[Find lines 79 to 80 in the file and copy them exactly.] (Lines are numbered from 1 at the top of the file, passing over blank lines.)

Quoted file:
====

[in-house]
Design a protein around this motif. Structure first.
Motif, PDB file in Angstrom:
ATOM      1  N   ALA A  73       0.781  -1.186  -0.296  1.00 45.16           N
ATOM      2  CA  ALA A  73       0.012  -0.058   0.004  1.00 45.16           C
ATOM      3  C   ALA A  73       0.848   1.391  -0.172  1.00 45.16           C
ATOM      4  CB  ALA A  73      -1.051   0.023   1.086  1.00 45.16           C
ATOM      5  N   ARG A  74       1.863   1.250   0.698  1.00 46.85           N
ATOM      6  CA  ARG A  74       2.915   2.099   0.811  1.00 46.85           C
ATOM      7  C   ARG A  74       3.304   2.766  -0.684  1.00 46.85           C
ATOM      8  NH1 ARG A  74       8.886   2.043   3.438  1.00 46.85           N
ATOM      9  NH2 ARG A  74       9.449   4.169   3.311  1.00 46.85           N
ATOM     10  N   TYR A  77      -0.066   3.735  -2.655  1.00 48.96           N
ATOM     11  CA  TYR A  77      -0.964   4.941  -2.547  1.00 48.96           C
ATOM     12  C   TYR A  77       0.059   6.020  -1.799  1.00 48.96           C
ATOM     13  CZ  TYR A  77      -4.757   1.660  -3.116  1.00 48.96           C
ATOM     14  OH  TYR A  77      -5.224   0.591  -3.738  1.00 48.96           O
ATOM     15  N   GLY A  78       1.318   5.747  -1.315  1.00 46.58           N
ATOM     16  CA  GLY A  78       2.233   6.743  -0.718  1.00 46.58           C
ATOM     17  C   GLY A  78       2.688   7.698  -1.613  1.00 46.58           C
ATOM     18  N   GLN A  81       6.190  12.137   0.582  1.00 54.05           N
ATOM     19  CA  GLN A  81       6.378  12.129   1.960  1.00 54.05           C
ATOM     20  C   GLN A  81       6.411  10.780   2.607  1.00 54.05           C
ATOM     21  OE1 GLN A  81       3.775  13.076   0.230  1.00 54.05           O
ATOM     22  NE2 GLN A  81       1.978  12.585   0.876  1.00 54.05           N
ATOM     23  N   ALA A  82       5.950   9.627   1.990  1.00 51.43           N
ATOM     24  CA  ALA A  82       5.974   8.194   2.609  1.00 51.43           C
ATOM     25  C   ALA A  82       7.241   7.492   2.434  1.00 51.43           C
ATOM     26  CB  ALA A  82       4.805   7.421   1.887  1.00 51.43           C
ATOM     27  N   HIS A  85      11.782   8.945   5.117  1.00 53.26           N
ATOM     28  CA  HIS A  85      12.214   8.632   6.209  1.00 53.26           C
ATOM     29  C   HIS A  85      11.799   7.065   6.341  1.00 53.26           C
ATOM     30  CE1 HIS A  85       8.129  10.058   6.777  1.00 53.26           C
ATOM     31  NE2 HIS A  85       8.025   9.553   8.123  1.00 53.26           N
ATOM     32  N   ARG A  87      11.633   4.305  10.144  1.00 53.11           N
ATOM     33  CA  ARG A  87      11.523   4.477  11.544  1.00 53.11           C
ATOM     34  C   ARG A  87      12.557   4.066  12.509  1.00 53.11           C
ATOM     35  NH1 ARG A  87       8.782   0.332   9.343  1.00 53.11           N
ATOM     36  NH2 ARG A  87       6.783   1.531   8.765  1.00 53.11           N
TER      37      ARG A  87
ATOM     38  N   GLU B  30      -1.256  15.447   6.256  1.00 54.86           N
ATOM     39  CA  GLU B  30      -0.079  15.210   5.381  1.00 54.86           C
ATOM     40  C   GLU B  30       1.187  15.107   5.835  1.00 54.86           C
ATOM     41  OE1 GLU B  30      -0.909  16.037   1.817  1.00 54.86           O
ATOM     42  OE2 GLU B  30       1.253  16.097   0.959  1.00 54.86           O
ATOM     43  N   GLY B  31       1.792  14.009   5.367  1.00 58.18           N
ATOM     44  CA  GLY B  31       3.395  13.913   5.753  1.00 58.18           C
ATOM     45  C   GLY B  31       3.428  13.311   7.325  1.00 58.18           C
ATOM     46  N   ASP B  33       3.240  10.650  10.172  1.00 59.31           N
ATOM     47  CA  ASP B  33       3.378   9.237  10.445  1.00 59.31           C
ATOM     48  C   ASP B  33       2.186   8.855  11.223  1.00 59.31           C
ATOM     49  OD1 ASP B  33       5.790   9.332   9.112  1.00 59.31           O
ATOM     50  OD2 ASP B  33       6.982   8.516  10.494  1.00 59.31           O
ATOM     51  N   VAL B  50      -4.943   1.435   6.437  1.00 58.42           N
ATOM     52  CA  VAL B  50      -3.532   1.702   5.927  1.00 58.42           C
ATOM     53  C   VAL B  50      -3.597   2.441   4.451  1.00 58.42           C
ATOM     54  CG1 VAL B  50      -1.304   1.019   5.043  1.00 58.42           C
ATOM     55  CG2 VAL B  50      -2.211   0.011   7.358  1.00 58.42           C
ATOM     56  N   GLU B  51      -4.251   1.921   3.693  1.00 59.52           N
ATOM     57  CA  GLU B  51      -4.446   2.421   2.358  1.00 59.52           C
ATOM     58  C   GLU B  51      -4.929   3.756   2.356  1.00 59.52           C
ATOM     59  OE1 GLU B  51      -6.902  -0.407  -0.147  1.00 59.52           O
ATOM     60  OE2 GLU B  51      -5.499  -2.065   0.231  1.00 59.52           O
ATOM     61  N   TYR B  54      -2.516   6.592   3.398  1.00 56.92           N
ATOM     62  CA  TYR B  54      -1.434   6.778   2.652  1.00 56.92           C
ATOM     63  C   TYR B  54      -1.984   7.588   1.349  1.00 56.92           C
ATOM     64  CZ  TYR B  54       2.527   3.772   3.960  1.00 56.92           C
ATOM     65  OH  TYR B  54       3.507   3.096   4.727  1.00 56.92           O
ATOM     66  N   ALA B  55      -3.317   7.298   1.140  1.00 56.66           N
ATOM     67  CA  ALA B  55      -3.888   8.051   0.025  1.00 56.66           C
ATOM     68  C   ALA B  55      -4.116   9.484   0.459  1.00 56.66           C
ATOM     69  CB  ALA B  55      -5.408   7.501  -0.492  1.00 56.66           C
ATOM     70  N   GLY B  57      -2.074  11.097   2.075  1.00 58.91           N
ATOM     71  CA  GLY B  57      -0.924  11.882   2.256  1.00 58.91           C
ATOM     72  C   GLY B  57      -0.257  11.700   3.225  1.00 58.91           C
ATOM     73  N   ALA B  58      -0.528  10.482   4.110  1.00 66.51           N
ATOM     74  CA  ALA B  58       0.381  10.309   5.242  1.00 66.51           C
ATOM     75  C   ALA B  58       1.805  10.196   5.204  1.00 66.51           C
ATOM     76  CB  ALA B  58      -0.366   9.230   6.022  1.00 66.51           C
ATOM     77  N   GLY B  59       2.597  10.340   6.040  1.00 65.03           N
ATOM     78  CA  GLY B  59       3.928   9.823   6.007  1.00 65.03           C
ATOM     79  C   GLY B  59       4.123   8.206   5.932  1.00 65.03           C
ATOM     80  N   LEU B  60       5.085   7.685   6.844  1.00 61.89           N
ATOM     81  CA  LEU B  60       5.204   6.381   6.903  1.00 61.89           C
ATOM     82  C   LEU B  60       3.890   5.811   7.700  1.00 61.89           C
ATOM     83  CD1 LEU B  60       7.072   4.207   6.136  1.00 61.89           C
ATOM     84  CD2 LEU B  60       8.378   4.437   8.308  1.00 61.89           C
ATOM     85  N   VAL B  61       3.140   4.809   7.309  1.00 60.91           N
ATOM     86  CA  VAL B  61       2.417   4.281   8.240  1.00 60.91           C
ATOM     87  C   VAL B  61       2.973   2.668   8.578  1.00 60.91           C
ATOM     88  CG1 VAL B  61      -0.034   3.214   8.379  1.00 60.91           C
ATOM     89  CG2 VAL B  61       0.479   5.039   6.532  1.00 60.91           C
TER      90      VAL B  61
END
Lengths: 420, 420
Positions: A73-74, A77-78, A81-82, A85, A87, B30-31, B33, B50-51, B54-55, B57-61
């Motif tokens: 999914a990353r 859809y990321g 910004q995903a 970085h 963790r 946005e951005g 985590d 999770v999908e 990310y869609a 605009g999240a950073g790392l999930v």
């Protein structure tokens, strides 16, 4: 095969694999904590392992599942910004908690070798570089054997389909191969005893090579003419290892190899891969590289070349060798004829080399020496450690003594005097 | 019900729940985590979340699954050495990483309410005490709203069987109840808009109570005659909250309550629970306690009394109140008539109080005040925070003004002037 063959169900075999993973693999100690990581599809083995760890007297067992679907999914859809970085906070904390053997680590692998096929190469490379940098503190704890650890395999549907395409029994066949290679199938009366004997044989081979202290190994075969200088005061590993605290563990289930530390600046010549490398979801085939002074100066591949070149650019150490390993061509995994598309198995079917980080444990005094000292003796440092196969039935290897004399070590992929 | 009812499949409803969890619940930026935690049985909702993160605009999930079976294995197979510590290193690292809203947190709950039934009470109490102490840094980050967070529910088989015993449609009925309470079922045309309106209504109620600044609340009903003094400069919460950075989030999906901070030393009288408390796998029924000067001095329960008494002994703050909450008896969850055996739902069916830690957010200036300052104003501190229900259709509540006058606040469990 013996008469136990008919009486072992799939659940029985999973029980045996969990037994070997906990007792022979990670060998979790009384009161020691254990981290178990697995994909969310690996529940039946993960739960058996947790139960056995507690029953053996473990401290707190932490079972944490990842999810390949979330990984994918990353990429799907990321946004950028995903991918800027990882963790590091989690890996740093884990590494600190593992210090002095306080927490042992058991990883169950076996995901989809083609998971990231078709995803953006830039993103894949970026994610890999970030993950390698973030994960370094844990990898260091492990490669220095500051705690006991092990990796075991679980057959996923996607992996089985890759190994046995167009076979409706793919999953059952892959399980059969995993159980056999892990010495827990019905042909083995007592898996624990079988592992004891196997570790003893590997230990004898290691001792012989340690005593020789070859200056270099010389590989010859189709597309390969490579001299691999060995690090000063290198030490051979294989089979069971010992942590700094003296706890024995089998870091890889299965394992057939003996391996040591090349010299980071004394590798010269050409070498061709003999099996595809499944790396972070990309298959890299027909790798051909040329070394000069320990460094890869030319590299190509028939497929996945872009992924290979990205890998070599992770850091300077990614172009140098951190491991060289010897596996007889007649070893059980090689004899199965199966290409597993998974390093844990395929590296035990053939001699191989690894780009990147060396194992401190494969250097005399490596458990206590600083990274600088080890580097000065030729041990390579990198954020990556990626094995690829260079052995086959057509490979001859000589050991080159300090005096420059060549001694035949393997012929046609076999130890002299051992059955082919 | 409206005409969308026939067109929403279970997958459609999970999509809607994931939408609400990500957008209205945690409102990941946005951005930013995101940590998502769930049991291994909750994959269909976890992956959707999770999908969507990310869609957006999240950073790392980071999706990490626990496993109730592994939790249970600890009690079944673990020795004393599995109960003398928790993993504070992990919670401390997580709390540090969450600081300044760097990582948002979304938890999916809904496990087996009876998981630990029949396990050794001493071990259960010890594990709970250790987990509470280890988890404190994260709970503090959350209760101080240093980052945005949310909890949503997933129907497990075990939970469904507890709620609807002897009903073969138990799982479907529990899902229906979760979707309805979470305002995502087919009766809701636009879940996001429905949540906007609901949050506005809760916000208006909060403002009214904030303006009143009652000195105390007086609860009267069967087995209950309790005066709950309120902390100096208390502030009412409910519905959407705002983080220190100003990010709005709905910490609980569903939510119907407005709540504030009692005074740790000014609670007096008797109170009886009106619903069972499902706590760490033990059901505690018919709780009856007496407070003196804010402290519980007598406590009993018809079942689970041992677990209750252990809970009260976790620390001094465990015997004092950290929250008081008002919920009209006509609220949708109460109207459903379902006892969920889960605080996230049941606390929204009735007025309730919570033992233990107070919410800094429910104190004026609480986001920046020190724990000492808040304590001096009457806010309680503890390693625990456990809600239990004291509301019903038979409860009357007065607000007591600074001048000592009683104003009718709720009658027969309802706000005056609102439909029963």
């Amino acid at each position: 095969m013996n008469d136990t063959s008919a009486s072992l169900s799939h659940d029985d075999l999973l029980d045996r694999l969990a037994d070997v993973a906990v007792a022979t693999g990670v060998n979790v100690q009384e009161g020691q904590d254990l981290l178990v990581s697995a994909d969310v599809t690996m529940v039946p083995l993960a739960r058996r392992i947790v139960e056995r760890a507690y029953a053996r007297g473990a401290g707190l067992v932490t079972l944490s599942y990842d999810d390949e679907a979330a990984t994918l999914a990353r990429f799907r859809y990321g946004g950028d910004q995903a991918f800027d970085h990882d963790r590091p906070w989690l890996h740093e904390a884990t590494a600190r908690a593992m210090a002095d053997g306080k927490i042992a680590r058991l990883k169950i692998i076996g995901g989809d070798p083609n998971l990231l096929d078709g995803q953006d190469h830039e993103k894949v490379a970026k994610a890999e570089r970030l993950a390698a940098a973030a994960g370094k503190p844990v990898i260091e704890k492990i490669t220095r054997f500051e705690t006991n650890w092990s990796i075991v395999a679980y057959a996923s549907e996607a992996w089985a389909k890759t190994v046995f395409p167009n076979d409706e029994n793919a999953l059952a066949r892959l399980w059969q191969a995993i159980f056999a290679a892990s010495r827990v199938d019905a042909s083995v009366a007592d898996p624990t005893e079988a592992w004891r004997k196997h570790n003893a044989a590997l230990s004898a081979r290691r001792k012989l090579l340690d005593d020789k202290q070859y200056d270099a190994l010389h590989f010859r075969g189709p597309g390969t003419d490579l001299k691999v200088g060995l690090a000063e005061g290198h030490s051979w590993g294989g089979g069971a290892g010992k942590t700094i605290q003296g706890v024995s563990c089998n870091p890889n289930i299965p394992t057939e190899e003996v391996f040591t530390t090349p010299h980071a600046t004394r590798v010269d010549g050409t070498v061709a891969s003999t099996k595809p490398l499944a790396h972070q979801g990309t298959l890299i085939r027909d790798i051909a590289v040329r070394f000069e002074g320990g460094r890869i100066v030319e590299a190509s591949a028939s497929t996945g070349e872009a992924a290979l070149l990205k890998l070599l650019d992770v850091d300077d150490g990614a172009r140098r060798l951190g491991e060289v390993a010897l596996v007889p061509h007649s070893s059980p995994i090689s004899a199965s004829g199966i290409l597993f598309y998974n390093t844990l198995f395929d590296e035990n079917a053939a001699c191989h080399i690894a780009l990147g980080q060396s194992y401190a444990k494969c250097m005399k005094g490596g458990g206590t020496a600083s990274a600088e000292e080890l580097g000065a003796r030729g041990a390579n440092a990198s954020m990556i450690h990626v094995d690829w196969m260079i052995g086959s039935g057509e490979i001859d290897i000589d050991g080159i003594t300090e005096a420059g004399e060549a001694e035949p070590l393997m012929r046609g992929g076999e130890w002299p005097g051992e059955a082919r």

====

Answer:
ATOM     76  CB  ALA B  58      -0.366   9.230   6.022  1.00 66.51           C
ATOM     77  N   GLY B  59       2.597  10.340   6.040  1.00 65.03           N